Despite the good success research is currently having there are however still many obstacles that will need to be overcome before 5G can be commercially utilised, chief among these is security, safety and sustainability as well as agreeing industry standards to regulate the new technologies. Many hope that these hurdles can be resolved in the next 5 years.

 

5G and the future

You may be thinking "Great, I can load my website up with higher quality images" and whilst 5G technology will bring unprecedented mobile connection speeds the infrastructure to deliver this will always lag behind the development. While many are looking at the first crop of next generation 5G to be available around 2020 it's quite likely that widespread commercial availability might not come until 2025. Even when the availability is there many consumers will choose to remain on 3G or 4G networks for various reasons, many may not require such speeds or the cost may just be too prohibitive for their circumstances.

In looking to the future of your website to truly improve your customer engagement you will require multiple versions, each optimised for your target customers' needs. With 51Degrees not only can you detect which mobile device a user is browsing with but you can also take advantage of our inbuilt performance monitoring tools to identify the bandwidth of that user's connection. This enables your server to identify the connection speed of every visitor on a real time basis and then serve them your most appropriate webpage. For example; 51Degrees can supply the intelligence that someone is accessing your website on a 10" tablet with a 5G connection, with this knowledge your server can provide them a media rich version of your website using high quality images and videos optimised for a 10" tablet on a 5G connection. Similarly if a poor connection speed is identified you can serve a stripped down version of your website, omitting data intensive images and other elements without your customer losing access to any critical information.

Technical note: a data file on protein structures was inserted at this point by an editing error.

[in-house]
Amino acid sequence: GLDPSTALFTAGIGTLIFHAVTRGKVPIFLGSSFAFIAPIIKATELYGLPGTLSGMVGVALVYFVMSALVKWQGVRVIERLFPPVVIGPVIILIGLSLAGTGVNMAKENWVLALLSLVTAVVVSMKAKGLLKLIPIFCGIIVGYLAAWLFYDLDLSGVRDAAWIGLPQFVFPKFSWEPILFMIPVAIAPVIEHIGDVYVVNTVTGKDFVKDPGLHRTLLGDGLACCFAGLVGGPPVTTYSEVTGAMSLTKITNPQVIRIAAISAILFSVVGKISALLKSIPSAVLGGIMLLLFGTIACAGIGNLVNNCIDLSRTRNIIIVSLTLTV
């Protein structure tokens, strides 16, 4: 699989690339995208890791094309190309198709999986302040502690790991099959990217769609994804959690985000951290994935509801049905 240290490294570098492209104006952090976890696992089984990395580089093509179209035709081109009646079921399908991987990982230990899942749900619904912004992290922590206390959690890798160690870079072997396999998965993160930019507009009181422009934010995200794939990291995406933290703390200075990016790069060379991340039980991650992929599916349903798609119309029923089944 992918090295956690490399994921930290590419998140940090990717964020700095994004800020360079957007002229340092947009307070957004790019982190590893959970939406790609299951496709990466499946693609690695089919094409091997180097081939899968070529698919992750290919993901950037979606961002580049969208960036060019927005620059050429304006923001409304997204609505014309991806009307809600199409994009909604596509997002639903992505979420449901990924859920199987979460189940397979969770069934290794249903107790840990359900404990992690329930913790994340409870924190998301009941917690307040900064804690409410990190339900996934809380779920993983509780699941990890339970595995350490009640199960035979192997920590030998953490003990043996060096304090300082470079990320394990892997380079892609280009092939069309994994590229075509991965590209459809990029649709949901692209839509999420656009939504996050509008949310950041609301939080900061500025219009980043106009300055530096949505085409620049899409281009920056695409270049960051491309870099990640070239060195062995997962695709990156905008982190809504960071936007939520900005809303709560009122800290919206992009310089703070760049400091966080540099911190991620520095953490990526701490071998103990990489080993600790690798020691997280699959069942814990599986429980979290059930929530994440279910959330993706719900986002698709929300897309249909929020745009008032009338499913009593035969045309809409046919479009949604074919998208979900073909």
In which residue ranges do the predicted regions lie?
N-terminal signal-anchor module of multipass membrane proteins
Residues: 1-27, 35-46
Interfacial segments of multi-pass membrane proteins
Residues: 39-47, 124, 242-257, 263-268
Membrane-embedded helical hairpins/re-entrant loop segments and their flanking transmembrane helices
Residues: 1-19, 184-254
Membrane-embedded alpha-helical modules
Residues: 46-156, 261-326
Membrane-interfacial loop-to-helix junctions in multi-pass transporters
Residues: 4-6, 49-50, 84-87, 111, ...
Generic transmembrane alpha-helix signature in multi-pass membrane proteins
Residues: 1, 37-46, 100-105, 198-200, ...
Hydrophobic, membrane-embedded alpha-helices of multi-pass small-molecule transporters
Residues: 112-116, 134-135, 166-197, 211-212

51Degrees is still the best tool for your website today, tomorrow and for the future. If you'd like to find out more please contact us and we'll be happy to discuss how we, can help you, improve your future.

Comments (0)

Author: Data Team

Categories: News

Tags: 5G , GSMA , Ericsson

Edward
Edward>

Data Team

Other posts by Data Team
Contact author

Name:
Email:
Subject:
Message:
x

Tags

.NET 2013 2014 4G 51Degrees 5G A.C.Roma A7 ABI Acer Affiliate Marketing Alcatel Amazon AMP Analysis Analytics Android Android 5.0 Lollipop Android Kitkat Android Lollipop Android Media Stick Apache API Apple Apple TV Archos Asha Asian Market ASP.NET Asus Australia Big Data Black Friday Blackberry Blink Browser C C# Case Study CeBIT CES Chrome Cloud CMS combinations Comparison Competition CoolPad COTW Cron CSS3 Data Data Blog Data File Data Model Daydream Denver Design Desire Eye Desktop Detection Developers Device Device Data Device Detection Device Intelligence Device Popularity Device property Device Types Device Use Display dmexco DoCoMo Doogee DotNetNuke Download Drupal Email EReader E-Reader Ericsson Evaluation Event Examples EXPLAY Rio Facebook feature Firefox Firefox OS Fly Foundation Framework France Galaxy S3 Galaxy S5 Galaxy Tab A Galaxy Tab A 8.0 Galaxy Tab A 9.7 Germany git repositories Global Google Google Daydream GSMA HAProxy Hardware Hisense HTC HTC ONE MAX HTC OS HTML5 HTTP HTTP Headers Huawei HUAWEI. UPDATE HUDL Huwaei IBC Icemobile Prime 4.0 IE IFA IIS Image Optimiser Image Optimizer India Infographic Ingeniux Internet usage iOS iOS 7 iOS 8 ipad iPhone iPhone 6 IsEmailBrowser IsWebApp Italy Japan Java Javascript Jolla Kentico Keynote Kindle Kindle Fire Kindle Fire HD Leagoo Lenovo LG Location Log File Analysis LTE Lumia m.dot macOS Map Memory Meta Data Mi 4S Micromax Microsoft Miia Style Mobile Mobile Analysis Mobile Analytics Mobile Devices Mobile Marketing Mixer Module Motorola MVC4 MWC MWC 2017 MWC16 MyPhone Native Native Apps NET New Release News News Letter Nexus Nexus 6 Nexus 9 NFC NGINX Nokia Nokia 3310 Non-Mobile NVIDIA Omate On7 OnePlus 5 Opera Opera Mini Operating System Optimisation OS OSX 10.10 OTA Panasonic Patent PC Pebble Performance phablet phone PHP Poland Presentation Press Release Price Band PRIV programmatic PS4 Python QMobile QR Codes Redirection Research Reseller Responsive Images Responsive web design RESS Review reviews RIM Ringmark RTB RWD Safari Samsung Scala Screen Screen resolution Screen Size SEO Server Server-side optimisation Set Box Set Top Box Sharepoint Shark 1 SHIFT phones Sitecore Sitecore version 9 SLUSH Smart TV Smartphone Smartphones Smartwatches Snapdragon Sony Sony Xperia Spain Swedish Beers Symbian Tablet Tablets Tesco Testing Tips Top 5 TOTW TV UDS UK Umbraco Update updates US User Agent UserAgent User-Agent Vendors Version 3 Video VoLTE VR Wearable Web Web Apps Web content management WebKit WebMatrix White Paper Widgets Widnows WiFi Wiko Wileyfox Windows Windows Phone Xbox XBox One Xiaomi Xperia Xperia z Yosemite Z10 ZenFon 2 ZOPO ZTE